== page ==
May 2000Vol. 1, No. 3Seeking Better Ways to Measure Child Well-Being
Over the years, "social indicators" have been developed as a way to track progress in a wide variety of economic, quality of life, and other types of issues affecting children and families. A new research brief from Child Trends outlines why indicators are used and what constitutes an effective measurement. Building a Better System of Child and Family Indicators proposes criteria to improve the social indicators used to assess the well-being of children. According to the document, social indicators should:
- Comprehensively cover outcomes, behavior, and processes
- Include children of all ages
- Be clear and comprehensible to the public
- Measure positive as well as negative outcomes
- Assess depth, breadth, and duration
- Have the same meaning in varied population subgroups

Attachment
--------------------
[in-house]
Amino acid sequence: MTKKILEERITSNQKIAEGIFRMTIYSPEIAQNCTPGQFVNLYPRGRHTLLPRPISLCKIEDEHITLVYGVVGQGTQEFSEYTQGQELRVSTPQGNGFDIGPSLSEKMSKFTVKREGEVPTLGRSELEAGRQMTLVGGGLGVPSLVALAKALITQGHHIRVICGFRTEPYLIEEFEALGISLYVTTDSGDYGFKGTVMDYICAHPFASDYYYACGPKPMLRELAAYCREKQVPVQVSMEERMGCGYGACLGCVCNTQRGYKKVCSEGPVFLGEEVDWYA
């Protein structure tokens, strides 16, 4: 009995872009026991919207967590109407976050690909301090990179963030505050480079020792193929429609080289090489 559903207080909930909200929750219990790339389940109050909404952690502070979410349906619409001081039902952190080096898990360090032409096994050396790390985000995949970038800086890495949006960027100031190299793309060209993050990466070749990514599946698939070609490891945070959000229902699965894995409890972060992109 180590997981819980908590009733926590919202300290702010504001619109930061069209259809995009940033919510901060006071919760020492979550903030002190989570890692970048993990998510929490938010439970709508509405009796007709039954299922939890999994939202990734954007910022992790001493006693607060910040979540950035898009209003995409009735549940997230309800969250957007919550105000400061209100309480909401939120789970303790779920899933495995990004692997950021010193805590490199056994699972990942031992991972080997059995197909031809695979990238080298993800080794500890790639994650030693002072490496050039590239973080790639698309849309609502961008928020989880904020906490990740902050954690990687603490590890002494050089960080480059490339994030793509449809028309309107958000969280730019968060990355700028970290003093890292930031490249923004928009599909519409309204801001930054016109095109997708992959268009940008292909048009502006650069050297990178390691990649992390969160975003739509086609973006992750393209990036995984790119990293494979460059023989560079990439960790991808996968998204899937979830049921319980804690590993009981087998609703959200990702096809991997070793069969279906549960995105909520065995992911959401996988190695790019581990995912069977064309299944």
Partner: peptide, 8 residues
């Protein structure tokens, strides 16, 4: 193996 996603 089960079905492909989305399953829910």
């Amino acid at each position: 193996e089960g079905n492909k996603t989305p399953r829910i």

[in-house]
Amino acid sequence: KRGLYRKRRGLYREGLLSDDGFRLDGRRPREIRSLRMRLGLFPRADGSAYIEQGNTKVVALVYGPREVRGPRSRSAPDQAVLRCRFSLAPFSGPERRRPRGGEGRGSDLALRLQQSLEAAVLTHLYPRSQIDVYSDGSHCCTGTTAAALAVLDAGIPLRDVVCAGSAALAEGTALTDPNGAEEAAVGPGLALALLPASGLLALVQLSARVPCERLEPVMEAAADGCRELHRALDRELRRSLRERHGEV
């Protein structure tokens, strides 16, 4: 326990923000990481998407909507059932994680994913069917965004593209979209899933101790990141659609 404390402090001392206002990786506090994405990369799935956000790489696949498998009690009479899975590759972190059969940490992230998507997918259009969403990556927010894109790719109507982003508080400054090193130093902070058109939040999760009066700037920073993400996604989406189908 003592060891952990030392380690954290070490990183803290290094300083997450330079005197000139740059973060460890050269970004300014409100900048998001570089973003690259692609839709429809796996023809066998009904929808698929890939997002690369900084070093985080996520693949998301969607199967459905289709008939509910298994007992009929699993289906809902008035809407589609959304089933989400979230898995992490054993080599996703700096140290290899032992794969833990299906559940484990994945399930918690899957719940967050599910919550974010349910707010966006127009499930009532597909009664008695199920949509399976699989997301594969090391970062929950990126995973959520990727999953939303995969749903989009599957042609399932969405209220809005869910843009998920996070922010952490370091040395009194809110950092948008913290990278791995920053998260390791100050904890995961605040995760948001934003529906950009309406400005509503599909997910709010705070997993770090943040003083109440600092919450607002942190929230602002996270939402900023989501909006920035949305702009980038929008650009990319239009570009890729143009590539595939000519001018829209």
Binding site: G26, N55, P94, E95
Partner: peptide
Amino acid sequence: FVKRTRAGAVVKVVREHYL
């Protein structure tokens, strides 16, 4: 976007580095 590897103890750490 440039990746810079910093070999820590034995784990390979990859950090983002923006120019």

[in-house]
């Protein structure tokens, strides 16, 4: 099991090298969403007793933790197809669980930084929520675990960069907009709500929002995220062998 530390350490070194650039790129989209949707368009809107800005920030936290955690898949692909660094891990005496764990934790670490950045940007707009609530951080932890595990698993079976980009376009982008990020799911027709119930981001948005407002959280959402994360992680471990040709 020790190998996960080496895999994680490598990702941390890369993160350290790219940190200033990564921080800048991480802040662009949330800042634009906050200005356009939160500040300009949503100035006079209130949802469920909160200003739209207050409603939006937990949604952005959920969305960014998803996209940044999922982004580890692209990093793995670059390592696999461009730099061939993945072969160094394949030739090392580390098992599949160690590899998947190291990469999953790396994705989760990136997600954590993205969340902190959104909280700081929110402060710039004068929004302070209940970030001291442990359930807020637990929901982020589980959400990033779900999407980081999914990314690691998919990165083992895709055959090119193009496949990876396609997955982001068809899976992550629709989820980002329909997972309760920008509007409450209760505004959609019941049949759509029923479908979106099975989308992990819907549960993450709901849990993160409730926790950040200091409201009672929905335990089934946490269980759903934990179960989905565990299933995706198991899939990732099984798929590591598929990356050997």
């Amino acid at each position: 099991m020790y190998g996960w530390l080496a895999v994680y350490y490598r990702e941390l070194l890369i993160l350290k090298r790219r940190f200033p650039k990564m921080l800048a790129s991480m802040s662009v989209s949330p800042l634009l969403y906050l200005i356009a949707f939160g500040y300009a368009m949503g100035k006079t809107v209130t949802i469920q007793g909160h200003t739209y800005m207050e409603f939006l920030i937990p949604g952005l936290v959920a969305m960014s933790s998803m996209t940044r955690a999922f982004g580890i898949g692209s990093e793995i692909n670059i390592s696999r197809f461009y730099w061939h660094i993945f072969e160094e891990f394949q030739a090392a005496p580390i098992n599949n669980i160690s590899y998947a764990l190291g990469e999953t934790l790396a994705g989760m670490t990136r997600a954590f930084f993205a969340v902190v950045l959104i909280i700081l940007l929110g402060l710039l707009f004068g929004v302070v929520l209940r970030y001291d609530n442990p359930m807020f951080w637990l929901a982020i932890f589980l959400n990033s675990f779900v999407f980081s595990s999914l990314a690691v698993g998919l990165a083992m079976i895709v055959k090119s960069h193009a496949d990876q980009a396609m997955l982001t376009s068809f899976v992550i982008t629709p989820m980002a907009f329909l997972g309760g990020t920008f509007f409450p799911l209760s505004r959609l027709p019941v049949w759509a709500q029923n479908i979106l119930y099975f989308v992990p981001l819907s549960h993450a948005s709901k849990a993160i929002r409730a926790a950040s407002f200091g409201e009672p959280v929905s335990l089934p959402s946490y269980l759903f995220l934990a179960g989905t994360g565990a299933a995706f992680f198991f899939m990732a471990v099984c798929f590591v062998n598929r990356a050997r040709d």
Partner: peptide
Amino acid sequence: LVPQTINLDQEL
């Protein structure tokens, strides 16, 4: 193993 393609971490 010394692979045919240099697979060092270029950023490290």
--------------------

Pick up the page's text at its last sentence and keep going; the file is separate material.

- Provide consistency over time
- Anticipate trends
- Employ rigorous collection methods
- Be geographically detailed
- Be cost-efficient
- Reflect social goals
- Adjust for demographic trends.
Building a Better System of Child and Family Indicators can be obtained online at: http://www.childtrends.org/Files/bettersys.pdf or by contacting the Publications Department at Child Trends, 202-362-5580.
A new inventory of over 90 child, youth, and family indicator-based projects is available online at http://www.childtrends.org/r_invres.asp (Editor's note: this link is no longer available). A limited number of hard copies are available from Erik Michelson at Child Trends, 202-362-5580.